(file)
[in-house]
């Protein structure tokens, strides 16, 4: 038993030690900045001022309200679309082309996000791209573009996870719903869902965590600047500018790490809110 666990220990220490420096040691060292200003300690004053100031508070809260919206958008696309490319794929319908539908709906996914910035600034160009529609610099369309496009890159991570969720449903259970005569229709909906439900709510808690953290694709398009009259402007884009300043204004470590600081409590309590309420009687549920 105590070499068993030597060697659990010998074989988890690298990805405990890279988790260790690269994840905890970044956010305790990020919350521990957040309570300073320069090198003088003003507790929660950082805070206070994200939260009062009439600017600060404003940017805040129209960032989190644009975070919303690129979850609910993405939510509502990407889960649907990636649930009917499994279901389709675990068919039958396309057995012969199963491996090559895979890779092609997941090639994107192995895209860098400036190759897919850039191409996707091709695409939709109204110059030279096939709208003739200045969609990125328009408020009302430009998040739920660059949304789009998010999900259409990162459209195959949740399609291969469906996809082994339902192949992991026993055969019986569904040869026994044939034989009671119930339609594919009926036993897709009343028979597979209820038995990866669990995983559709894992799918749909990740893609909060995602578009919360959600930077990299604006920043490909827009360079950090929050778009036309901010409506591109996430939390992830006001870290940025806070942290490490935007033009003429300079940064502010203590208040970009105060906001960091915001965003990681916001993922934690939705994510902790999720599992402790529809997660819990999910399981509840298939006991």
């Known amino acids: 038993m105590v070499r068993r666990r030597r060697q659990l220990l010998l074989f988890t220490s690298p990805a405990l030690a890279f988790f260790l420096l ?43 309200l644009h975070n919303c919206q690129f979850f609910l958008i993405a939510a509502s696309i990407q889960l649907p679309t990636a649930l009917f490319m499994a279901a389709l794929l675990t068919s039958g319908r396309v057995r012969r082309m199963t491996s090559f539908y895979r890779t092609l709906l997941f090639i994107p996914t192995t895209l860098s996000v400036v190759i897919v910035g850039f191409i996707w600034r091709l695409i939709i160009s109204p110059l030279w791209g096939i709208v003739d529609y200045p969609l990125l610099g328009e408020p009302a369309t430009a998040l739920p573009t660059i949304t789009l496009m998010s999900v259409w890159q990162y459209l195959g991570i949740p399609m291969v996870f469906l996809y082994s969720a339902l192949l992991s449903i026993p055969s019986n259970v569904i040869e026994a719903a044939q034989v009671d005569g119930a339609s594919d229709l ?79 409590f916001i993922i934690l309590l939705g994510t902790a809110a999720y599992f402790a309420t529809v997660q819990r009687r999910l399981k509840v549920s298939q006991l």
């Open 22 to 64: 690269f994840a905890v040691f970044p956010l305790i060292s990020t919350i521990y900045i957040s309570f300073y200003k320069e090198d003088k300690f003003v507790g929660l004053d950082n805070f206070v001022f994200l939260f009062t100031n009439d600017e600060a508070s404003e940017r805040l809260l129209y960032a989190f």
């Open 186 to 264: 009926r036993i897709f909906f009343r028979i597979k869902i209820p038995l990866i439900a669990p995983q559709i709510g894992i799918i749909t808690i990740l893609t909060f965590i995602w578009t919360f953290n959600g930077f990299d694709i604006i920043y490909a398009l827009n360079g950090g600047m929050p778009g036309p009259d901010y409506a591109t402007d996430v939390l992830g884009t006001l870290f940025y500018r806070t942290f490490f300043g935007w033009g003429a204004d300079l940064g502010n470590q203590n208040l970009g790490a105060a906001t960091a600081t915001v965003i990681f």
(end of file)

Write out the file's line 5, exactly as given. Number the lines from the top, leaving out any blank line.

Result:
């Open 186 to 264: 009926r036993i897709f909906f009343r028979i597979k869902i209820p038995l990866i439900a669990p995983q559709i709510g894992i799918i749909t808690i990740l893609t909060f965590i995602w578009t919360f953290n959600g930077f990299d694709i604006i920043y490909a398009l827009n360079g950090g600047m929050p778009g036309p009259d901010y409506a591109t402007d996430v939390l992830g884009t006001l870290f940025y500018r806070t942290f490490f300043g935007w033009g003429a204004d300079l940064g502010n470590q203590n208040l970009g790490a105060a906001t960091a600081t915001v965003i990681f």